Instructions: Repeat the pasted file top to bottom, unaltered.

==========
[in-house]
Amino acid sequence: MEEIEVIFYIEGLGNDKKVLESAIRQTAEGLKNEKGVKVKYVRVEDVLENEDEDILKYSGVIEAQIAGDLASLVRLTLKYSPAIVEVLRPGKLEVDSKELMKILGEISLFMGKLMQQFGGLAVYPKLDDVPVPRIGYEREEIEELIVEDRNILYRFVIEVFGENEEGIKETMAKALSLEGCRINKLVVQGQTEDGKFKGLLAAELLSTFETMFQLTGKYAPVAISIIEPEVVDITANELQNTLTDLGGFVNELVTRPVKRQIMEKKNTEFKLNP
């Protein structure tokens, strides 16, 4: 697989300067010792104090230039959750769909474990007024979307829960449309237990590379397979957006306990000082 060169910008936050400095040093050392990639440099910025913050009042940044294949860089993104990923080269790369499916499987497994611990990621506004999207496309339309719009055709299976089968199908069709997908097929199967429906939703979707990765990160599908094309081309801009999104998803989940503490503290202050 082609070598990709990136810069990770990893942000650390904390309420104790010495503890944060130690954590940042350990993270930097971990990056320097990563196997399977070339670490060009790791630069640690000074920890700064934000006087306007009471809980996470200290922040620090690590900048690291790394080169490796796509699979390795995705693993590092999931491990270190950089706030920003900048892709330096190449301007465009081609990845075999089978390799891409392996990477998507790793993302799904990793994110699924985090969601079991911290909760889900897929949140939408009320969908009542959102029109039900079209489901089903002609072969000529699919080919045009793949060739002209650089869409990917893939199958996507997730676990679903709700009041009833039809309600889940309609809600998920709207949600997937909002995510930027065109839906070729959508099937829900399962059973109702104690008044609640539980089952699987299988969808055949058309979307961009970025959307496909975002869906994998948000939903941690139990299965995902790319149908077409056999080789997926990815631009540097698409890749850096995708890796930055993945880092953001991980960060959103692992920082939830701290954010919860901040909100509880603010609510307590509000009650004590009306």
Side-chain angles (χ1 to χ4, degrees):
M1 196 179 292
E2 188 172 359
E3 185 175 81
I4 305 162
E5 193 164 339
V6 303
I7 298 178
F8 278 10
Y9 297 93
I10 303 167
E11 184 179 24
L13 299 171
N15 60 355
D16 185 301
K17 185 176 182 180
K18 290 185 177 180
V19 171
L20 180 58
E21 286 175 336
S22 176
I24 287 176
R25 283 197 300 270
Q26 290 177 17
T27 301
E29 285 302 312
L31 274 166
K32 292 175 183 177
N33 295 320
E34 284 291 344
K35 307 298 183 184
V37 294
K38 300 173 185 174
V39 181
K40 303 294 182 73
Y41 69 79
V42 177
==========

[in-house]
Amino acid sequence: MEEIEVIFYIEGLGNDKKVLESAIRQTAEGLKNEKGVKVKYVRVEDVLENEDEDILKYSGVIEAQIAGDLASLVRLTLKYSPAIVEVLRPGKLEVDSKELMKILGEISLFMGKLMQQFGGLAVYPKLDDVPVPRIGYEREEIEELIVEDRNILYRFVIEVFGENEEGIKETMAKALSLEGCRINKLVVQGQTEDGKFKGLLAAELLSTFETMFQLTGKYAPVAISIIEPEVVDITANELQNTLTDLGGFVNELVTRPVKRQIMEKKNTEFKLNP
């Protein structure tokens, strides 16, 4: 697989300067010792104090230039959750769909474990007024979307829960449309237990590379397979957006306990000082 060169910008936050400095040093050392990639440099910025913050009042940044294949860089993104990923080269790369499916499987497994611990990621506004999207496309339309719009055709299976089968199908069709997908097929199967429906939703979707990765990160599908094309081309801009999104998803989940503490503290202050 082609070598990709990136810069990770990893942000650390904390309420104790010495503890944060130690954590940042350990993270930097971990990056320097990563196997399977070339670490060009790791630069640690000074920890700064934000006087306007009471809980996470200290922040620090690590900048690291790394080169490796796509699979390795995705693993590092999931491990270190950089706030920003900048892709330096190449301007465009081609990845075999089978390799891409392996990477998507790793993302799904990793994110699924985090969601079991911290909760889900897929949140939408009320969908009542959102029109039900079209489901089903002609072969000529699919080919045009793949060739002209650089869409990917893939199958996507997730676990679903709700009041009833039809309600889940309609809600998920709207949600997937909002995510930027065109839906070729959508099937829900399962059973109702104690008044609640539980089952699987299988969808055949058309979307961009970025959307496909975002869906994998948000939903941690139990299965995902790319149908077409056999080789997926990815631009540097698409890749850096995708890796930055993945880092953001991980960060959103692992920082939830701290954010919860901040909100509880603010609510307590509000009650004590009306």
Side-chain angles (χ1 to χ4, degrees):
M1 196 179 292
E2 188 172 359
E3 185 175 81
I4 305 162
E5 193 164 339
V6 303
I7 298 178
F8 278 10
Y9 297 93
I10 303 167
E11 184 179 24
L13 299 171
N15 60 355
D16 185 301
K17 185 176 182 180
K18 290 185 177 180
V19 171
L20 180 58
E21 286 175 336
S22 176
I24 287 176
R25 283 197 300 270
Q26 290 177 17
T27 301
E29 285 302 312
L31 274 166
K32 292 175 183 177
N33 295 320
E34 284 291 344
K35 307 298 183 184
V37 294
K38 300 173 185 174
V39 181
K40 303 294 182 73
Y41 69 79
V42 177